Professionals working with schematic and PCB designs know that noise ripple in a power distribution network (PDN) is one of the most harmful things for an electronic device. Getting an inoperative device from the first start is real here. But the worst possible case is to find a problem while thousands of units are already made and some of them are failing due to excessive ripple in the PDN. So, how to avoid any harm from noise ripple in a PDN? Options are there!
The first thing to think of is reducing current consumption, though this suggestion may not be applicable if the design is already power-optimized. So then reducing the PDN impedance may become a nicer alternative. Edality’s experience shows that this strategy can be successfully implemented by applying strict principles of precise PCB layout design. Nevertheless, for both strategies, it must be said that without conducting an analysis we cannot be completely sure that the noise level in a certain power net for a particular IC will not exceed the level allowed by the manufacturer.
Regardless if a hardware designer and a PCB designer have done their best in a design or they have not, sometimes we can still see pictures like those that are shown below when a new PCB layout comes for examination after the prototype had failed:
On the pictures above we can see the PDN impedance curves of specific voltage rails that exceed the calculated target impedance line for specific chips. It means that the requirements of the chip manufacturer to ensure a certain noise level (usually 3-5% of voltage) for specific interface and respectively frequency range have not been met. The first thing we begin to analyze in cases like this one is the layout quality, putting special attention on a problematic voltage rail. It happens that a possible issue source can be determined immediately. Just like in the picture below, where a slack of ground vias causes high interconnects inductance.
The inductance of decoupling capacitors interconnects is a highly important question. From the basics of electronics, it is well-known that reducing this inductance may be reached first by placing decoupling capacitors as close as possible to the destination pins of an IC. The perfect location for them is right under ICs pins on the opposite side of the board. However, it is often not possible because of the components’ dimensions. If so, we recommend reducing the inductance of their connection to the internal planes. A very good idea here is to use via in pad technique, but if this approach is not available as well, routing 271 shown below will be preferred, i.e. usage of wide tracks and minimum distance to a via is needed.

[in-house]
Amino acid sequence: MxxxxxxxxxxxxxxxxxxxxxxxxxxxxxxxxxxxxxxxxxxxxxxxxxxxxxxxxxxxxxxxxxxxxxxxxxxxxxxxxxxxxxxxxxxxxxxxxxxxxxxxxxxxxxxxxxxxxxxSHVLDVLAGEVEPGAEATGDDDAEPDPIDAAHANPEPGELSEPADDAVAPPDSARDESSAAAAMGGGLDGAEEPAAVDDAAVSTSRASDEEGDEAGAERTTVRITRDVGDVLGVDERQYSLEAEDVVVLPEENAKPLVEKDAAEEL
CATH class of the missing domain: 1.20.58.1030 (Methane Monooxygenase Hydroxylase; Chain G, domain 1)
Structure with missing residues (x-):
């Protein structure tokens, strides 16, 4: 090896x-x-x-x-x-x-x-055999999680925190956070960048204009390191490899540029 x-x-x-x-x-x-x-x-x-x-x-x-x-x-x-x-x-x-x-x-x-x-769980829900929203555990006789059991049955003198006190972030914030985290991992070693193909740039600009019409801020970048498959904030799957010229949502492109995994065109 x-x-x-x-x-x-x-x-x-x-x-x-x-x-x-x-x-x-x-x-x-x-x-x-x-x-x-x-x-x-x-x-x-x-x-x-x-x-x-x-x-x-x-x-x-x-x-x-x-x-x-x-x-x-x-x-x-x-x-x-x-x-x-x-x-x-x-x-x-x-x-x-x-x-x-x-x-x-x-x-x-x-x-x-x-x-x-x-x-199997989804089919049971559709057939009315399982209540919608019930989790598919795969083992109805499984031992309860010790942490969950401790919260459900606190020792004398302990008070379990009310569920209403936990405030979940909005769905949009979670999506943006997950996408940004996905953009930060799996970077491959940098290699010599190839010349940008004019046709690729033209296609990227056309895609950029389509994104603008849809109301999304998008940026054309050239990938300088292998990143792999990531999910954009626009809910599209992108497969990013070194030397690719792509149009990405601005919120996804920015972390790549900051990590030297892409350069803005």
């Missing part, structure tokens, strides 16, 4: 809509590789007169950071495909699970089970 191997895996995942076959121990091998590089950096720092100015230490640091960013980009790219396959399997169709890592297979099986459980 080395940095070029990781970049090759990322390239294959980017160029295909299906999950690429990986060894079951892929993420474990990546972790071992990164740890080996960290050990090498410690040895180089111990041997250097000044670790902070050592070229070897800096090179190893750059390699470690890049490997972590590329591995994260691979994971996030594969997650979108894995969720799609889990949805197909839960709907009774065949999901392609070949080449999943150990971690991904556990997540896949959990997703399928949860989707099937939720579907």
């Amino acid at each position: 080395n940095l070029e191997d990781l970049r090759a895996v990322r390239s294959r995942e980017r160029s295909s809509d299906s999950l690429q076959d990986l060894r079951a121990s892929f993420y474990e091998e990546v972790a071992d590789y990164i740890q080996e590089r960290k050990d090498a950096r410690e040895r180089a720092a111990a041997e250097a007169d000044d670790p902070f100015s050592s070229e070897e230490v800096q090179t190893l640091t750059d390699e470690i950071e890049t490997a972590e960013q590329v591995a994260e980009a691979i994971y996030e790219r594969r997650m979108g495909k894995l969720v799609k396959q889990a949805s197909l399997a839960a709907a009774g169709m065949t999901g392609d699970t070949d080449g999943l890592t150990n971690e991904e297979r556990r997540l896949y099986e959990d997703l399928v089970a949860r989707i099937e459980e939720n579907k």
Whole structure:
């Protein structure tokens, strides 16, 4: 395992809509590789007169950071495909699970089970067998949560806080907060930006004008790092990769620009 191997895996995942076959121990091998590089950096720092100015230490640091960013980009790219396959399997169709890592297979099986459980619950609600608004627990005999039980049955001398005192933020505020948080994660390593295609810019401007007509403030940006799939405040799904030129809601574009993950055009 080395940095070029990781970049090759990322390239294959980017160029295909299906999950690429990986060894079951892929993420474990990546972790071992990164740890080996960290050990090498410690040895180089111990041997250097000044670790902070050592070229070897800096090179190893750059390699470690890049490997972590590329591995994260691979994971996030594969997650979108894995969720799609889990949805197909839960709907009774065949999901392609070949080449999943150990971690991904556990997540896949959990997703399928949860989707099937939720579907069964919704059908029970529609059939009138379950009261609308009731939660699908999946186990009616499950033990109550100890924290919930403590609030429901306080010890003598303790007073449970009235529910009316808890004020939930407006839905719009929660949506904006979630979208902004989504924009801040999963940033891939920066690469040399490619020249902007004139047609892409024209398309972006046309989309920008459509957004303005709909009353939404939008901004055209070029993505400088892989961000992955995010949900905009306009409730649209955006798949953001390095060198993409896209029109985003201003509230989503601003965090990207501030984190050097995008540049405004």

If the problem is implicit and difficult to determine by visual analysis, it is time then to consider improving the design with additional capacitors and increasing the area of planes for a troublemaking voltage rail. Oftentimes this way of PCB optimizations can be time-consuming and not cheap. So, for dense electronic boards, we consider the possibility of using the same size capacitors of alternative capacity without layout changes as a primary option. For instance, the following PDN impedance improvement (green line) was obtained only by replacing 4 capacitors 0.22uF 10V by 1 uF 10V and 4 capacitors 0.47uF 6.3V by 4.7 uF 6.3V. Having these corrections in place would be extremely problematic without using decoupling analysis.
The experience of Edality counts years of having real practical cases. We clearly see how important it is to add appropriate analysis as early in the design cycle as possible to keep R&D cost-effective and shorten time to release. Having electrical analyses as a mandatory part of the development cycle is real insurance in the world of electronics reducing the number of surprises as the design progresses.